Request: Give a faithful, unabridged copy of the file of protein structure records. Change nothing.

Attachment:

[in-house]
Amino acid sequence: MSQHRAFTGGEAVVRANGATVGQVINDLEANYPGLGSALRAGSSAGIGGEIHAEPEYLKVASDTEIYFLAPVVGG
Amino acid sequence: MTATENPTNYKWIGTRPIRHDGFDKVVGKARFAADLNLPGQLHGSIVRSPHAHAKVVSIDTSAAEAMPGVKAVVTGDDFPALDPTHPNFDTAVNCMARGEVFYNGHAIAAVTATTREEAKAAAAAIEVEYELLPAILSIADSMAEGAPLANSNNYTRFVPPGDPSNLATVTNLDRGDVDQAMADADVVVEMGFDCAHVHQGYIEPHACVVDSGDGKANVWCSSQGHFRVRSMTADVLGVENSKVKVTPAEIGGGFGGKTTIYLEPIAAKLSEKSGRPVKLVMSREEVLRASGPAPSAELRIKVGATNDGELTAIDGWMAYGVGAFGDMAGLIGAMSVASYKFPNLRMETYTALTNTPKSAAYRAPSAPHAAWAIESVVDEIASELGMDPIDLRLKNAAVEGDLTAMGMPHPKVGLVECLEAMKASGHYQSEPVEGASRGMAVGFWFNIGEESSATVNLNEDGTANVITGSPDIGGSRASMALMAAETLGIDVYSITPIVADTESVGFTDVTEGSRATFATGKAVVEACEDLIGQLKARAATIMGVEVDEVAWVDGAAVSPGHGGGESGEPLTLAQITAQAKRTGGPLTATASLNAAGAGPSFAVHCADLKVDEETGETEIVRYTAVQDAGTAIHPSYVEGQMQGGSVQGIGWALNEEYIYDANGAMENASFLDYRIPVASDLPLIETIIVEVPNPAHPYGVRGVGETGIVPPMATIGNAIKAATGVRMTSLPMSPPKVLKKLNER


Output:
[in-house]
Amino acid sequence: MSQHRAFTGGEAVVRANGATVGQVINDLEANYPGLGSALRAGSSAGIGGEIHAEPEYLKVASDTEIYFLAPVVGG
Amino acid sequence: MTATENPTNYKWIGTRPIRHDGFDKVVGKARFAADLNLPGQLHGSIVRSPHAHAKVVSIDTSAAEAMPGVKAVVTGDDFPALDPTHPNFDTAVNCMARGEVFYNGHAIAAVTATTREEAKAAAAAIEVEYELLPAILSIADSMAEGAPLANSNNYTRFVPPGDPSNLATVTNLDRGDVDQAMADADVVVEMGFDCAHVHQGYIEPHACVVDSGDGKANVWCSSQGHFRVRSMTADVLGVENSKVKVTPAEIGGGFGGKTTIYLEPIAAKLSEKSGRPVKLVMSREEVLRASGPAPSAELRIKVGATNDGELTAIDGWMAYGVGAFGDMAGLIGAMSVASYKFPNLRMETYTALTNTPKSAAYRAPSAPHAAWAIESVVDEIASELGMDPIDLRLKNAAVEGDLTAMGMPHPKVGLVECLEAMKASGHYQSEPVEGASRGMAVGFWFNIGEESSATVNLNEDGTANVITGSPDIGGSRASMALMAAETLGIDVYSITPIVADTESVGFTDVTEGSRATFATGKAVVEACEDLIGQLKARAATIMGVEVDEVAWVDGAAVSPGHGGGESGEPLTLAQITAQAKRTGGPLTATASLNAAGAGPSFAVHCADLKVDEETGETEIVRYTAVQDAGTAIHPSYVEGQMQGGSVQGIGWALNEEYIYDANGAMENASFLDYRIPVASDLPLIETIIVEVPNPAHPYGVRGVGETGIVPPMATIGNAIKAATGVRMTSLPMSPPKVLKKLNER